Last night’s game against the Montreal Canadiens wasn’t just important for Marc-Andre Fleury because he was up against his home-town team; the contest also marked Fleury’s 20th straight appearance in net for the Penguins– the longest such streak of his NHL career. While the game wasn’t one of the Flower’s best performances, the oft-grinning goalie has also been “oft-winning,” racking up 24 wins in 40 games played. Not much has changed from last season; MAF is incredibly consistent from night-to-night, and is considered by many experts as one of the NHL’s “elite” goaltenders. Perhaps the biggest development for Fleury this season has been the increased workload.
Through 47 games Marc-Andre Fleury has made 40 appearances, and is on pace to amass 70 games played for the first time in his career. Goaltenders who have the ability, physical conditioning, and most importantly confidence to start 70+ games in an NHL season are certainly a rare breed. Brodeur, Hasek, Belfour, Kiprusoff, Rinne, Lundqvist. These are just some of the names that come to mind when one thinks about goaltenders who have earned the “workhorse” tag. But could Marc-Andre Fleury really be the next goaltender in this exclusive fraternity of NHL-ers? I believe Fleury possesses a few key assets that make the answer to that question a resounding yes. Fleury has the experience, the skill, and the supreme confidence to become a 70+ gamer in the NHL.
Since the 2006-07 season, Marc-Andre Fleury has played in no less than 62 games in a season [does not include 2007-08 season, in which Fleury missed 3 months with a high-ankle sprain], so there’s no question MAF has the game experience to be a workhorse goaltender. In addition to his 5+ seasons as the Penguins unquestioned starter, Fleury also adds the resume of a playoff-veteran and Stanley Cup champion. Though he has consistently proven his worth to the club, there is still a small – yet loud – contingent among the Penguins fanbase who seem to forget just how crucial Marc-Andre was to the 2008-09 playoff run. Despite the misguided hate, Fleury has already gained all the valuable experience required of any good workhorse goalie.
MAF also boasts the elite skill that warrants a club to start a netminder in 70+ times per season. Even early in his career Fleury was a very high-skill goaltender, but there were questions about his technique and style of play. More recently – especially beginning with his outstanding play last season – Fleury has shored up the inefficiencies in his game and truly established himself as one of the most talented goaltenders in the NHL. Following career-best marks in GAA and SV% last season [2.32, .918], Fleury has been very strong this season while posting 24 wins, a 2.24 GAA and .914 SV% in 40 GP – on pace for his second career 40-win season.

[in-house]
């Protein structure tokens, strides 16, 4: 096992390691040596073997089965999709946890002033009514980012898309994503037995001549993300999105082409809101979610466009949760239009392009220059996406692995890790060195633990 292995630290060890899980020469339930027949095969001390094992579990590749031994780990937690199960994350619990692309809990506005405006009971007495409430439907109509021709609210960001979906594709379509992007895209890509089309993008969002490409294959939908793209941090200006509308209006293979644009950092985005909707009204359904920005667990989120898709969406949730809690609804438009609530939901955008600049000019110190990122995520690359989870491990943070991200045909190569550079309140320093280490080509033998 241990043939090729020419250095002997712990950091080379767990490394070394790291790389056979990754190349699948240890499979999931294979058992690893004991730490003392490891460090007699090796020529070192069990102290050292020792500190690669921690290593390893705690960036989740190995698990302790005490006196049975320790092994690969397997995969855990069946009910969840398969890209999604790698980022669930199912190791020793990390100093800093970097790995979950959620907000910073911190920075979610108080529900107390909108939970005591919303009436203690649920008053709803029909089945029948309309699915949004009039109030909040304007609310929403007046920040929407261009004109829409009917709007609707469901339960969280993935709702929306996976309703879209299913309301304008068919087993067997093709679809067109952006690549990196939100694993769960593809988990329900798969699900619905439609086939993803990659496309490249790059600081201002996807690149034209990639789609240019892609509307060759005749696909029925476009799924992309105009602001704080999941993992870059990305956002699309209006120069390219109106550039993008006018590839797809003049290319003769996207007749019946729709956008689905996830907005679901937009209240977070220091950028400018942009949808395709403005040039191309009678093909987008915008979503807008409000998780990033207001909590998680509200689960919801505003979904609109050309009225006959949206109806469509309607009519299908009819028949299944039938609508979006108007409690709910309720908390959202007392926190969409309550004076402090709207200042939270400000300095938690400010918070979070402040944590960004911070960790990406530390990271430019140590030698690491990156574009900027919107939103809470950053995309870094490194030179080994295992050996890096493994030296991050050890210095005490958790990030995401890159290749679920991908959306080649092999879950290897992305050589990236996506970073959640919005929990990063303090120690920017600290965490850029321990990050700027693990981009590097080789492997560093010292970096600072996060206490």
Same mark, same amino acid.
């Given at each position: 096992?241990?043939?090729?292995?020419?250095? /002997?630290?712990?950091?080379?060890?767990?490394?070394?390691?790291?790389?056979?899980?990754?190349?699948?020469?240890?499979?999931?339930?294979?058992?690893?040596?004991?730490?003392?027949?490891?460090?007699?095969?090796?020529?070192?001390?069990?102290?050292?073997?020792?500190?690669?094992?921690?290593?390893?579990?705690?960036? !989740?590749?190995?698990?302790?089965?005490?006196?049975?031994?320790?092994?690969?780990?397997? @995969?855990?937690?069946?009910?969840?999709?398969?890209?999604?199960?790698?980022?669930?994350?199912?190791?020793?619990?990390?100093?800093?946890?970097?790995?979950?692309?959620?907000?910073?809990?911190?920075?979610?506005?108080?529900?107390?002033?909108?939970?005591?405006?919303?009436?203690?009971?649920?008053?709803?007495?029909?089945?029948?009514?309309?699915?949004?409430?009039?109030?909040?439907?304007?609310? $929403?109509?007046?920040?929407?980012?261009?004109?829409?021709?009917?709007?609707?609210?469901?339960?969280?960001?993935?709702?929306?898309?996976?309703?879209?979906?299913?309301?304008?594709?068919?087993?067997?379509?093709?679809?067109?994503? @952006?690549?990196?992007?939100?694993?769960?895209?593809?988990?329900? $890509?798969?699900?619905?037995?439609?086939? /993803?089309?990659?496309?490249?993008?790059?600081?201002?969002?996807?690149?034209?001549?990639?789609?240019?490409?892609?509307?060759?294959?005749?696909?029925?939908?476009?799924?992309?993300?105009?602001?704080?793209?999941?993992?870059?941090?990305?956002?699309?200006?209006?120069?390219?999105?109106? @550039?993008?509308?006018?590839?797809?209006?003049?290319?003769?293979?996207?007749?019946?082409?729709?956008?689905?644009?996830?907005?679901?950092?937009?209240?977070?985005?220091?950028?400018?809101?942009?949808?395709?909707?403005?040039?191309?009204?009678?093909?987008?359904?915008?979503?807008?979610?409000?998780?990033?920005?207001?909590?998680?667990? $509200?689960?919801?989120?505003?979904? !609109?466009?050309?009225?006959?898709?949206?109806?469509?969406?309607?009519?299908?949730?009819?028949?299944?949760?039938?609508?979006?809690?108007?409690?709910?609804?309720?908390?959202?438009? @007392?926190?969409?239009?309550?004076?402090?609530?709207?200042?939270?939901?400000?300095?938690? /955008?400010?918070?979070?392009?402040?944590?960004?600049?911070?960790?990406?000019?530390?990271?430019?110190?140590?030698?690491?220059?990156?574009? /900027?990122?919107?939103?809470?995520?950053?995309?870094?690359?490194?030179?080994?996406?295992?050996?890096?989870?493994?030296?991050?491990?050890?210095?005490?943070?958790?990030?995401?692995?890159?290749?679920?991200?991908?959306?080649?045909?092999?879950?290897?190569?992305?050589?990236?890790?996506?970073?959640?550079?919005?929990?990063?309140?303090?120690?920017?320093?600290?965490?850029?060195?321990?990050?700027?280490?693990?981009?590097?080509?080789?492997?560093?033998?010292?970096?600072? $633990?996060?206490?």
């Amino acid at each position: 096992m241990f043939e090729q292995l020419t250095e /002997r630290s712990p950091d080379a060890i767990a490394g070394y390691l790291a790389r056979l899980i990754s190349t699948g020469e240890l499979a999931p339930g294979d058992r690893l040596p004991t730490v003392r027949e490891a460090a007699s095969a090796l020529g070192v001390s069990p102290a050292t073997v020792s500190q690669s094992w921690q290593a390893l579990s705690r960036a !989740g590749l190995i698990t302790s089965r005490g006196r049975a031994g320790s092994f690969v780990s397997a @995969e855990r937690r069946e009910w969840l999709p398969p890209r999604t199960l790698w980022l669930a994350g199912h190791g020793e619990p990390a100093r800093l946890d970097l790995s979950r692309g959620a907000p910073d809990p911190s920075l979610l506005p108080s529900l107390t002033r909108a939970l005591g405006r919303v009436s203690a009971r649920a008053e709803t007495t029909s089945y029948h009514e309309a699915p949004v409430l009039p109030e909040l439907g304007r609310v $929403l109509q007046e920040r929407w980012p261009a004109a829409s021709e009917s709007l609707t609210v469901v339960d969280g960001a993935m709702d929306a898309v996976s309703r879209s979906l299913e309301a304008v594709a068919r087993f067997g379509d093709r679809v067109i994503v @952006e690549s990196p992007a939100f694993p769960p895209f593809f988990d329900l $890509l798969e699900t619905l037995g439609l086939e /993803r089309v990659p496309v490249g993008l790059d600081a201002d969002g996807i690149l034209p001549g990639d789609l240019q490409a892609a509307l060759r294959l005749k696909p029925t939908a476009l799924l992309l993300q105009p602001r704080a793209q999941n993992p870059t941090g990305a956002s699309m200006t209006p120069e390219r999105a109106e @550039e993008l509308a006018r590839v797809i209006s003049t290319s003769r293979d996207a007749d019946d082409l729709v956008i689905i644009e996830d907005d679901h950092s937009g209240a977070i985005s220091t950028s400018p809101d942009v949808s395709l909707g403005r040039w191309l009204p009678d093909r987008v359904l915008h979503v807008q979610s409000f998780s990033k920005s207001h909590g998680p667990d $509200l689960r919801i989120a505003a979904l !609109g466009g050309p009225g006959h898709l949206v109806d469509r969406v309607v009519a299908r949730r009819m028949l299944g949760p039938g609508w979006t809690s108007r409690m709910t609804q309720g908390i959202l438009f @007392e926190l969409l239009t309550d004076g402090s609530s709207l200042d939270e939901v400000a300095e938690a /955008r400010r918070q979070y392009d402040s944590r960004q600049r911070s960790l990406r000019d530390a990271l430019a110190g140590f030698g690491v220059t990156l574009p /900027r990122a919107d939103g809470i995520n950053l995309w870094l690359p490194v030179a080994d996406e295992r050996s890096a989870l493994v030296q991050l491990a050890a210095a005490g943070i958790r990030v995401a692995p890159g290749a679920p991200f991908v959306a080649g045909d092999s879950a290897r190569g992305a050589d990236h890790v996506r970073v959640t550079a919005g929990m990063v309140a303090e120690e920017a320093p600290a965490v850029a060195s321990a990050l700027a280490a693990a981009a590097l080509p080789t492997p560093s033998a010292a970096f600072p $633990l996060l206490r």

The final puzzle-piece to Fleury’s emergence as the NHL’s next workhorse is the supreme confidence he exudes regardless of the situation. His most recent effort against the Canadiens is a perfect example; after being shelled for 4 goals early in the game, Fleury maintained his swagger – as Bob Errey would most definitely say – and was especially brilliant in the shoot-out to help lead the Penguins to a 5-4 victory. That type of confidence can’t be taught, it has to be built through years of big-game experiences and highlight-reel performances. When MAF is in the cage, he gives the Penguins a chance to win every game and overcome every situation.
Ultimately Fleury has all the necessary tools to become a workhorse goaltender in the NHL, and with the nightmarish conga-line of injuries repeating this season he will be heavily relied upon to help the team secure a playoff berth. In order to reach 70 games played Fleury will have to play 30 of the remaining 35 games. The Penguins’ position in the standings will largely dictate how often Fleury plays down the stretch, but we can be sure that if things get dicey Bylsma will be forced to run MAF ragged. So many things can happen between now and April; but if Marc-Andre Fleury can manage to start 6 out of every 7 games for the rest of the season, we might just have visions of the Flower the next time we think about the NHL’s workhorses.